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Friday, Dec. 25, 2009
Murakami's influence continues to prevail
By EDAN CORKILL
If Japan's artists were aware of the largely meaningless meanderings of government arts policy during the noughties, and the gradual rebuilding of art-world infrastructure laid waste by the bursting of the bubble economy in the early 1990s, then they didn't let it distract them from their work.
Like any other period of 10 years you care to take from history, this one has its champions.
Likely to feature in future histories of the decade are the gently disorienting visions of photographer Rinko Kawauchi; the seductively understated paintings of Kyoko Murase and Leiko Ikemura; participatory art projects by community-conscious creators such as Tsuyoshi Ozawa and Shimabuku; Hiroshi Sugimoto's breathtaking solo exhibitions, which he designed himself as extensions of his already famous photographs (seascapes, etc.); Yoshitomo Nara's paintings of childlike characters that captured the growing skepticism of Japan's youth toward their faltering society; and Makoto Aida's and his acolytes chim↑pom's willingness to hold up their own personal flaws and perversions for the sake of social criticism.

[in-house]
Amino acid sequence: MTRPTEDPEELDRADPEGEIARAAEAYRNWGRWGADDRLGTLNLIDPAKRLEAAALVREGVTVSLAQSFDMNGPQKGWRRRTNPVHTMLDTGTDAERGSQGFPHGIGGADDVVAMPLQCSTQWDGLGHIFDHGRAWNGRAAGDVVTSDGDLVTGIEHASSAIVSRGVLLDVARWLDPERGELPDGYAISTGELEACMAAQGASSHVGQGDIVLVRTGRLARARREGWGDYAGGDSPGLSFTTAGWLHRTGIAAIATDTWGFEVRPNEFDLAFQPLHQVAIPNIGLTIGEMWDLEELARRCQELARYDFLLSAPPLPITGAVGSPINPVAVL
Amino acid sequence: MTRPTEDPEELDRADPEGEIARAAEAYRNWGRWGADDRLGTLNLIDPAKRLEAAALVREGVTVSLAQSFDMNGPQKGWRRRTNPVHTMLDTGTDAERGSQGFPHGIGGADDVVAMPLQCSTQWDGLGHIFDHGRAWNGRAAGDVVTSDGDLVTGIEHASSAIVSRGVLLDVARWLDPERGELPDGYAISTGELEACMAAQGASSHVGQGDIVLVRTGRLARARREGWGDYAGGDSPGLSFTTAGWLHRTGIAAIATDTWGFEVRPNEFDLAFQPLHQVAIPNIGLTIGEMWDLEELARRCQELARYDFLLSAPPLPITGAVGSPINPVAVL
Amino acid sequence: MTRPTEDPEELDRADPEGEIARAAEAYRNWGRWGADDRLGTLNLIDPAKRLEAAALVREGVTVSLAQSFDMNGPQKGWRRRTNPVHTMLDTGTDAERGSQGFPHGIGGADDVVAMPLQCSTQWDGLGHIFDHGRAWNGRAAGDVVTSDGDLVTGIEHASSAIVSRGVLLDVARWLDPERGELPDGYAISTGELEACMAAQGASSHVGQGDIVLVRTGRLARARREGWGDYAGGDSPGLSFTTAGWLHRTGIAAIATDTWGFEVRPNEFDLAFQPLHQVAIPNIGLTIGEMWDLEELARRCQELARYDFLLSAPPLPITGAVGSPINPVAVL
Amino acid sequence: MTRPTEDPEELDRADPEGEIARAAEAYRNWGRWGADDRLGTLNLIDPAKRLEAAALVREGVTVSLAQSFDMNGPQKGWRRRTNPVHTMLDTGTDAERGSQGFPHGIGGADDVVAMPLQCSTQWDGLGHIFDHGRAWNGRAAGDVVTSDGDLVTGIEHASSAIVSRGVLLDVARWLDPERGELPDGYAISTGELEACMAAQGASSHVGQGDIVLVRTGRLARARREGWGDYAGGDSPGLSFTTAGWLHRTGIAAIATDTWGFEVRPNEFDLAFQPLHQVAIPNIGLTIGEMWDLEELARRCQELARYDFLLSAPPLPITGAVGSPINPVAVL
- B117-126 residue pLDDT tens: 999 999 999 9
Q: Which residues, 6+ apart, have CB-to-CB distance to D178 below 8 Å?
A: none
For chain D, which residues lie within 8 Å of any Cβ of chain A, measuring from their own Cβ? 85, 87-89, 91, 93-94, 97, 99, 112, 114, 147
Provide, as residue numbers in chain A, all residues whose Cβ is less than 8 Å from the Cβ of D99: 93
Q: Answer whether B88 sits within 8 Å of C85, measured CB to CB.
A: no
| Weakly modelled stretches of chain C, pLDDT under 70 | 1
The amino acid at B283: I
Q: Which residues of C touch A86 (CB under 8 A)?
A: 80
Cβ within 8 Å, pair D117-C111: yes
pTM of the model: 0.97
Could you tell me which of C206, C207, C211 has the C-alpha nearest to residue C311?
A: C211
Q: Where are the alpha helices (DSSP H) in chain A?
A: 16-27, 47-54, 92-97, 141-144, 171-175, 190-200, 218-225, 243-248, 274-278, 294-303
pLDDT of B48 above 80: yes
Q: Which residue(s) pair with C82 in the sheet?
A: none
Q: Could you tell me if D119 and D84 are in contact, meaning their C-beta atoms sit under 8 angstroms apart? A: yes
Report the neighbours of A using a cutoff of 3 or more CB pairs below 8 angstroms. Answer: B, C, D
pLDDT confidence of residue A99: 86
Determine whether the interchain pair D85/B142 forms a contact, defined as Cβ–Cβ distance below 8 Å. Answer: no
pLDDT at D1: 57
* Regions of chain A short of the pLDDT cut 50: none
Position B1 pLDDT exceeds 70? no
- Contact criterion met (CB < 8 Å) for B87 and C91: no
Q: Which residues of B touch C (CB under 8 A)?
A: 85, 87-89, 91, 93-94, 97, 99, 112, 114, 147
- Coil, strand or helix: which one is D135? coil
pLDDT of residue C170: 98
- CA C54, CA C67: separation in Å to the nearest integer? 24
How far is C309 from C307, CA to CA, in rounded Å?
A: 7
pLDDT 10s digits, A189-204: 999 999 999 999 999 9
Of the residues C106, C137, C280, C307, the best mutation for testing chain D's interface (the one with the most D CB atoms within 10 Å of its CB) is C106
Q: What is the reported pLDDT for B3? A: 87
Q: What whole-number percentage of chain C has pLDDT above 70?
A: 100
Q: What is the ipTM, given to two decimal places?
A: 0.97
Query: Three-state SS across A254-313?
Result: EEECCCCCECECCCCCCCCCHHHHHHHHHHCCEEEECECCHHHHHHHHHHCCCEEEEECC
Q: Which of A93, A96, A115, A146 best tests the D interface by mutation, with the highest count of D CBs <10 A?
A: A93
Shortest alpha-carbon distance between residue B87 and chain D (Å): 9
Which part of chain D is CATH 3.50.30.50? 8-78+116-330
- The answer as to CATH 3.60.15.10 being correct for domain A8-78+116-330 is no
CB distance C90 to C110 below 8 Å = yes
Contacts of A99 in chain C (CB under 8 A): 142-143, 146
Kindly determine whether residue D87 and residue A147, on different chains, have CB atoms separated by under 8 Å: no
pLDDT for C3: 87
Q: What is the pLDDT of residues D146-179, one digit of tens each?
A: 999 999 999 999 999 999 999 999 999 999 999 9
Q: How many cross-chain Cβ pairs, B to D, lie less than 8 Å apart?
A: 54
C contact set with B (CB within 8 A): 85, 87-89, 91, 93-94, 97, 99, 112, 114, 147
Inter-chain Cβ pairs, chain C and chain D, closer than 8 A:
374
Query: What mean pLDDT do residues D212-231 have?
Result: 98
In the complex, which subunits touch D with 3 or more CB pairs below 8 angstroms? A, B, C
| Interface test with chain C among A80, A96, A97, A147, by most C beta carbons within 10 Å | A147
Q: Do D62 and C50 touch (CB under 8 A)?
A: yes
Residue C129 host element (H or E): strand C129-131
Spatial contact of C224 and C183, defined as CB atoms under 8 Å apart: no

And, of course, the artist who is far and away the most influential of the decade is Takashi Murakami.
For better or worse, the marriage that he orchestrated between fine art and popular culture, particularly manga, is still producing legions of fresh-faced graduates.
His influence can be seen in various continuing trends — each of which were on show at the last large-scale art event of the decade, the Tokyo Contemporary Art Fair, held in November at the Tokyo Bijutsu Club.
Some paintings appeal overtly to cuteness — with cartoonlike characters or animals. Others just have a mangalike clarity of finish — people in sharp outline on flat backgrounds, for example.
In fact, the one facet of his practice that young Japanese do not appear to be rushing to imitate is the one that could turn out to be his downfall on the international art market. Murakami's embrace of commercialism was not only unusual for Japan, but it set him apart on the world stage too. As could be seen in his inclusion of a Louis Vuitton boutique within his "© Murakami" show at the Museum of Contemporary Art, Los Angeles, in 2007, Murakami seemed to relish the very rashness of combining high-brow art with low-brow commercialism.
The consequence is that there is now a very real chance that his boom-time shenanigans will cloud history's view of his career. I for one hope he kicks offthe new decade by laying off some of his famously numerous staff, abandoning his attempts to reinvent himself as an animator and focusing his energies on painting.
It would be painful to see his fortunes decline in line with Japan's and the international economies'. And, come to think of it, the same goes for Japan's art world in general.